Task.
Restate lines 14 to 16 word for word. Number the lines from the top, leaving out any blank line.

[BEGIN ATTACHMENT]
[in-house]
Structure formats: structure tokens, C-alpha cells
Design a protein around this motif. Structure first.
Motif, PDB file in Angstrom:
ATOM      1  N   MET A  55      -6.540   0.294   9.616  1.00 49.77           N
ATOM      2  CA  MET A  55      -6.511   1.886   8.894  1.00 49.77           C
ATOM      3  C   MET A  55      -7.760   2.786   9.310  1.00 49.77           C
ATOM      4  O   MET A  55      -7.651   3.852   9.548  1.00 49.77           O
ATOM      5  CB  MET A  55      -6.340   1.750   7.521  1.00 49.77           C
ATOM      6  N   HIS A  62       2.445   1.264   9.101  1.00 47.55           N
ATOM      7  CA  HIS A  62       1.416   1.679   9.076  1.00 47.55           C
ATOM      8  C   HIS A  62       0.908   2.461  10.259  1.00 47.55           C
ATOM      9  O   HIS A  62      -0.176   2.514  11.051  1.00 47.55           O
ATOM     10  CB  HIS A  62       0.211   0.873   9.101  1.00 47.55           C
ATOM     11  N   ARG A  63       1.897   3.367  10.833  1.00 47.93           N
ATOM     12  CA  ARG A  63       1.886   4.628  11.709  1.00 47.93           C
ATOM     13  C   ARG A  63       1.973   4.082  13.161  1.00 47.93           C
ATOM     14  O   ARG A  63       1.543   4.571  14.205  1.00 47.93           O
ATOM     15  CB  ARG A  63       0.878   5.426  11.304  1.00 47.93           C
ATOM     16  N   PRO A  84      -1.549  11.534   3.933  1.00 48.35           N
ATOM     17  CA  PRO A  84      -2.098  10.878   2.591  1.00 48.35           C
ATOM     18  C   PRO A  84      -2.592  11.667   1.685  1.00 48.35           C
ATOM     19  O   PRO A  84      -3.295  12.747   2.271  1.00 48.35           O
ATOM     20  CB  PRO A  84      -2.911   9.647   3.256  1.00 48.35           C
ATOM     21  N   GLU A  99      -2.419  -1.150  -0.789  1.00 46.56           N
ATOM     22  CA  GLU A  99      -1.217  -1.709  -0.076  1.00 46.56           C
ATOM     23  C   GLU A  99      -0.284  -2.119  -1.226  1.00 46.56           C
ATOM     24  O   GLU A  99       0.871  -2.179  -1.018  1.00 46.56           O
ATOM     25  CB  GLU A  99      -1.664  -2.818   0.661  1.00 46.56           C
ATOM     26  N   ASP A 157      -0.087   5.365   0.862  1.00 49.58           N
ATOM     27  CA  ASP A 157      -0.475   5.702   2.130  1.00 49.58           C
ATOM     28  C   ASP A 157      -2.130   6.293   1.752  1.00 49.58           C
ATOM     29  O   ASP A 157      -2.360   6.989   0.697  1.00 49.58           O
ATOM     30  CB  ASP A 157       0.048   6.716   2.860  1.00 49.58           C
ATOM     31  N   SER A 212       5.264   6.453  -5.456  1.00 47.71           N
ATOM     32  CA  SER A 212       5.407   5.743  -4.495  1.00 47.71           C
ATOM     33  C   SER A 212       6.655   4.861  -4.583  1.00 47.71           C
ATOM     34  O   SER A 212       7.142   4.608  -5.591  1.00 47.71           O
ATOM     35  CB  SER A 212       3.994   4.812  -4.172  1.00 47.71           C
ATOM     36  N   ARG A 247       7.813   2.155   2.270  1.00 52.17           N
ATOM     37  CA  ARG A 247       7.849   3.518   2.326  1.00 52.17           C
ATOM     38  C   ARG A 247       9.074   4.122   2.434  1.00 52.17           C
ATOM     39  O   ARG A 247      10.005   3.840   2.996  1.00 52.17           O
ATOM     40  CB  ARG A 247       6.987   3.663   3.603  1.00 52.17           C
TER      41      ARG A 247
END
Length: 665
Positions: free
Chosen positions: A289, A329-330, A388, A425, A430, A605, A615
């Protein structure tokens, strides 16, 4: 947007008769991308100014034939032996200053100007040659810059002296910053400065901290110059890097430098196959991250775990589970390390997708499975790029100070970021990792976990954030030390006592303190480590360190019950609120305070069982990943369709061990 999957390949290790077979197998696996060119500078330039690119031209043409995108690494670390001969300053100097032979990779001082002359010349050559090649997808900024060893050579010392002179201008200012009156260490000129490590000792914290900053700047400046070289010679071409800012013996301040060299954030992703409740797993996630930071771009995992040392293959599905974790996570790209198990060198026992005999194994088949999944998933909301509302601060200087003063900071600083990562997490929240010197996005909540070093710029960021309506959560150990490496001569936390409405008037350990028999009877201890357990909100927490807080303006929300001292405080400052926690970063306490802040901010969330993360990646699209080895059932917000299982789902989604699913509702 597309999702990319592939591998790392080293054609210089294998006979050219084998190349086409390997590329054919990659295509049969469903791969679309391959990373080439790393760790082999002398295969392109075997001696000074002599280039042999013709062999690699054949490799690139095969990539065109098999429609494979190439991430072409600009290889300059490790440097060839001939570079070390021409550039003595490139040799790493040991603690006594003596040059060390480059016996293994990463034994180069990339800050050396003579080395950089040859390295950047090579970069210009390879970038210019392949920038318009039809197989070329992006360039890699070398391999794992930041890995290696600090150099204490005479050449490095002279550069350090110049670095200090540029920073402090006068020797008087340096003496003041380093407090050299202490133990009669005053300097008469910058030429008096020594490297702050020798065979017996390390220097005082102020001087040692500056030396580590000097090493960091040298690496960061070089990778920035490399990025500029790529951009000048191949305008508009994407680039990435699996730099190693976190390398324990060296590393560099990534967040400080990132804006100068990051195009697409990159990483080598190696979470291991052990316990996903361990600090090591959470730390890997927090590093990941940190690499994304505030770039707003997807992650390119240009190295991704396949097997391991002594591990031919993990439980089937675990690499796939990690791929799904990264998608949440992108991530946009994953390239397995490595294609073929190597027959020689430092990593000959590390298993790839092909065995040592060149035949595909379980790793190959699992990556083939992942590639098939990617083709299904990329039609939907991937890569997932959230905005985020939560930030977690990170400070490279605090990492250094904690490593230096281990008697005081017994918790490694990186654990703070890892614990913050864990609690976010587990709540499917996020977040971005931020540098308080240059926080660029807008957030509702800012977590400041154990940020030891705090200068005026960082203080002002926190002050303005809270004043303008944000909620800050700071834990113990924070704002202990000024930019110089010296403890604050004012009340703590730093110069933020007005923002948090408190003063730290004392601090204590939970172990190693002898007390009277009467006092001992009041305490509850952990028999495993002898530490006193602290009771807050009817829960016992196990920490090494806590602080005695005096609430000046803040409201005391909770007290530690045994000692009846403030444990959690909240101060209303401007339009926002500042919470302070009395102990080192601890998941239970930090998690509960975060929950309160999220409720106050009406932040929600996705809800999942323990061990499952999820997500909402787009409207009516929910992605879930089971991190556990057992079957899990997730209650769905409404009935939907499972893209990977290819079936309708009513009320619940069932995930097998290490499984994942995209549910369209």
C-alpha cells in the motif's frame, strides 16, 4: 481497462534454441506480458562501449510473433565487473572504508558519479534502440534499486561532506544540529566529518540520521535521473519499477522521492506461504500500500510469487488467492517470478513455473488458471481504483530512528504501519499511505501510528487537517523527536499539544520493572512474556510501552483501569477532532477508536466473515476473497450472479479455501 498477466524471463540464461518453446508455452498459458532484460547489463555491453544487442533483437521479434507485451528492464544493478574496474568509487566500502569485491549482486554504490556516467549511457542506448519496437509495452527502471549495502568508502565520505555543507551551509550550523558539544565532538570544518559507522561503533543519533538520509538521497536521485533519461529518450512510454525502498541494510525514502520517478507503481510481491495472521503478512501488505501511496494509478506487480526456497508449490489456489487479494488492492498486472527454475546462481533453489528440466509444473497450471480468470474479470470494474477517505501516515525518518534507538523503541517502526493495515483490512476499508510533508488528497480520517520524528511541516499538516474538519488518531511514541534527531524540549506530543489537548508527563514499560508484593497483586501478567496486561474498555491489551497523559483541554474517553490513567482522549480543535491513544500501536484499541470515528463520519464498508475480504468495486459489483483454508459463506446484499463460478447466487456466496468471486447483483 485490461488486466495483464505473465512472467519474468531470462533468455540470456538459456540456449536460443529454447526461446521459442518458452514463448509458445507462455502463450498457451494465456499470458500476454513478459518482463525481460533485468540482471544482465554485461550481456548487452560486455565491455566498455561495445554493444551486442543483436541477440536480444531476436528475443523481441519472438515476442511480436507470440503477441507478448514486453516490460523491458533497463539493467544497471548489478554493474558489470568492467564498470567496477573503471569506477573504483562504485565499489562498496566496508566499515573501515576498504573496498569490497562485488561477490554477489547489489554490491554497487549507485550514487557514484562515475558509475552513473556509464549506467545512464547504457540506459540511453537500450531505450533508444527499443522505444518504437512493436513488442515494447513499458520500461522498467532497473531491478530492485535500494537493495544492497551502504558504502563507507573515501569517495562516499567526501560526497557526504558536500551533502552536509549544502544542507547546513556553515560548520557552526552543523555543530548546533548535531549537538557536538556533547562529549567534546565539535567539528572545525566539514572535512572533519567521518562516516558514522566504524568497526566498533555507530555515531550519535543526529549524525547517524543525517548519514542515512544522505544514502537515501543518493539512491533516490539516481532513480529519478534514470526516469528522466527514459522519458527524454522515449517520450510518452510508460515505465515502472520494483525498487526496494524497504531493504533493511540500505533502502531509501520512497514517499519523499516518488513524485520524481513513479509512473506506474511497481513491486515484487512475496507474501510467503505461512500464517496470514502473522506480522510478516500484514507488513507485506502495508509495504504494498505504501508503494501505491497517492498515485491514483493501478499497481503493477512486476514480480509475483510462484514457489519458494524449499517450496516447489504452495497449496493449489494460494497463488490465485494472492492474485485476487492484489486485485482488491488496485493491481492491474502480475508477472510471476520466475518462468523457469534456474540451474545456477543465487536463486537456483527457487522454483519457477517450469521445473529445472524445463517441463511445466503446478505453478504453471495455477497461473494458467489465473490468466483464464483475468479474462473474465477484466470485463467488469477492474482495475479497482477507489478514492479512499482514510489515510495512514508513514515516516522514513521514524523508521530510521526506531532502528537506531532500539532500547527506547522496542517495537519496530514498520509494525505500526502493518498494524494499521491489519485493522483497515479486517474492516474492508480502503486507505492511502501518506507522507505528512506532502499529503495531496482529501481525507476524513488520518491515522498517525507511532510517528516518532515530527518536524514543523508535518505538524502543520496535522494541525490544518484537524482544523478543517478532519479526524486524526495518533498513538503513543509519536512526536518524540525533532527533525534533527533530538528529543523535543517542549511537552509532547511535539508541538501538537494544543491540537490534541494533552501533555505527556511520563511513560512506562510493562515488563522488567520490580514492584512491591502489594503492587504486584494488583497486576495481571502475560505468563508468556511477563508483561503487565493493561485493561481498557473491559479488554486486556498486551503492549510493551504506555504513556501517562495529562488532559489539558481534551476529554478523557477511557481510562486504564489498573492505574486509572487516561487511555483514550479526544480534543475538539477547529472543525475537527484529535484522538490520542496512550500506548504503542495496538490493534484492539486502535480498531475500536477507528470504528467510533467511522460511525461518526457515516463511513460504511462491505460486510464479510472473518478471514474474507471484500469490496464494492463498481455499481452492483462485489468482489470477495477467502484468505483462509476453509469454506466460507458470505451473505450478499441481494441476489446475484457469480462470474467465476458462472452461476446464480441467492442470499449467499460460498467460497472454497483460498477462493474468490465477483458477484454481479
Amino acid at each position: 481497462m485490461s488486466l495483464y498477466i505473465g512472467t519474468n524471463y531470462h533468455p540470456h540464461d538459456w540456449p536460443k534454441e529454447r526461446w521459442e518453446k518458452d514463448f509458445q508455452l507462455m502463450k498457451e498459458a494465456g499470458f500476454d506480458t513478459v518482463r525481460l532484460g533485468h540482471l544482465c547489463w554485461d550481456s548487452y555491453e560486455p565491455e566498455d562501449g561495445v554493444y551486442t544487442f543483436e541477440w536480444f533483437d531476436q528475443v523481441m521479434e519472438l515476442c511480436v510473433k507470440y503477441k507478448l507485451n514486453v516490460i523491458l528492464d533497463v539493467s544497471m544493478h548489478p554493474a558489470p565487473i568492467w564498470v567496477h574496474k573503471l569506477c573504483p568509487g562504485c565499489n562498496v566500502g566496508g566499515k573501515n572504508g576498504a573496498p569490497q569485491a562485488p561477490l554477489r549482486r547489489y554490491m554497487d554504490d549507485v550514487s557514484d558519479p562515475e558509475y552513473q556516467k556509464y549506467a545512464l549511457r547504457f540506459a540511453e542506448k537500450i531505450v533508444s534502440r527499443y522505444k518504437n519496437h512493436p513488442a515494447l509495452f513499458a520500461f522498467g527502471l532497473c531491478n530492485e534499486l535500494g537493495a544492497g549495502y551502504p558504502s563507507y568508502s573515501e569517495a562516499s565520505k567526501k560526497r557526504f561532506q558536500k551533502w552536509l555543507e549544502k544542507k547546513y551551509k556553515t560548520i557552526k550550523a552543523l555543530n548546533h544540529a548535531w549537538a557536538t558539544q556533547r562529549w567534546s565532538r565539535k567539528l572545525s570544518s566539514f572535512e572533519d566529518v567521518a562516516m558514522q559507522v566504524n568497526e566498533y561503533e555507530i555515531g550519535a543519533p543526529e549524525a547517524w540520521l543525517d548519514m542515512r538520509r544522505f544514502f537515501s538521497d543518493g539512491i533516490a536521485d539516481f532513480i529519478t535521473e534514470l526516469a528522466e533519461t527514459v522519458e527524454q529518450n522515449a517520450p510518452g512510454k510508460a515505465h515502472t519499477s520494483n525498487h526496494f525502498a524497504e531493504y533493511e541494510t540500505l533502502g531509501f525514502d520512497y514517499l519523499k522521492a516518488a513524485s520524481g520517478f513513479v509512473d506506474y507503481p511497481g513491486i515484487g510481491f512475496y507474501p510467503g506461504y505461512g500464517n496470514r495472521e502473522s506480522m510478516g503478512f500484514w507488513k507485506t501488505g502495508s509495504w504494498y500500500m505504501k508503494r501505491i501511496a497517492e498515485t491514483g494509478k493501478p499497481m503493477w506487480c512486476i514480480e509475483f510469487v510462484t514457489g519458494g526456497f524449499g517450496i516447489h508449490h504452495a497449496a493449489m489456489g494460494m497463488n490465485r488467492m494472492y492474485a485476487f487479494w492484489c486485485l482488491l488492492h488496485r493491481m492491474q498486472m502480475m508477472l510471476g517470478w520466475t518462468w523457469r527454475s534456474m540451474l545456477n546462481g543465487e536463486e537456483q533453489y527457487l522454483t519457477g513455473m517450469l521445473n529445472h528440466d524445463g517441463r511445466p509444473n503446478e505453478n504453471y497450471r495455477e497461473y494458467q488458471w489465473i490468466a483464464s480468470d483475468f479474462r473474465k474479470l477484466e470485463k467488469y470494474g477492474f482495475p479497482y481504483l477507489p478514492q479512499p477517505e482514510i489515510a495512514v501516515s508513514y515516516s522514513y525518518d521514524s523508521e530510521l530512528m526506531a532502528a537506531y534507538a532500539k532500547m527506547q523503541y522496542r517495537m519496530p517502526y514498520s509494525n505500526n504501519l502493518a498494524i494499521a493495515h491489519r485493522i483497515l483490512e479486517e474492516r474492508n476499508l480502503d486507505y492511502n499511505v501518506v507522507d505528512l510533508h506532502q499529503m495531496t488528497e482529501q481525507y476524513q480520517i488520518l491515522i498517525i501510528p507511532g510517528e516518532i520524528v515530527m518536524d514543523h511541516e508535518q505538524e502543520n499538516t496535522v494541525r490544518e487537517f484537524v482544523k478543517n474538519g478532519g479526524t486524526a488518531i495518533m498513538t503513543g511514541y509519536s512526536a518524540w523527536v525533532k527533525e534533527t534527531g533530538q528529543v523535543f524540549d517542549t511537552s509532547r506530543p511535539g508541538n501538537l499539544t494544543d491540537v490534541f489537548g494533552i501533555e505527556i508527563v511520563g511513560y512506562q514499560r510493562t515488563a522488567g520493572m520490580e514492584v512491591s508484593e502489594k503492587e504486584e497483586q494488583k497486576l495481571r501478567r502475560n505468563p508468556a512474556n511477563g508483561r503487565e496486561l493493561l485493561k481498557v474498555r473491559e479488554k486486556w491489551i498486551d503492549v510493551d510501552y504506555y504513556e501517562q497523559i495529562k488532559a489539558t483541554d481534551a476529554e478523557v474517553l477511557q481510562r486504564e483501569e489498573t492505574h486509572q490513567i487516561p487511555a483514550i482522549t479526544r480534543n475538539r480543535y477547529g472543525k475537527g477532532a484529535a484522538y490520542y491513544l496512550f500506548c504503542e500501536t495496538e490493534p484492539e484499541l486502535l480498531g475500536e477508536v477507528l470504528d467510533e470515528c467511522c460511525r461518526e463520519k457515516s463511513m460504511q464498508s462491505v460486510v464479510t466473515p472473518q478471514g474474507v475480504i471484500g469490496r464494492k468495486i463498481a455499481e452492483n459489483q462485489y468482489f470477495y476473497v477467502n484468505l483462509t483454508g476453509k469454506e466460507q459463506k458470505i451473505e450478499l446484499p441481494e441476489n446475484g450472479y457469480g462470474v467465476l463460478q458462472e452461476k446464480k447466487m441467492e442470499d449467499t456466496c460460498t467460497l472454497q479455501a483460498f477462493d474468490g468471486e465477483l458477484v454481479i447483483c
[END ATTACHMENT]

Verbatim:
ATOM     10  CB  HIS A  62       0.211   0.873   9.101  1.00 47.55           C
ATOM     11  N   ARG A  63       1.897   3.367  10.833  1.00 47.93           N
ATOM     12  CA  ARG A  63       1.886   4.628  11.709  1.00 47.93           C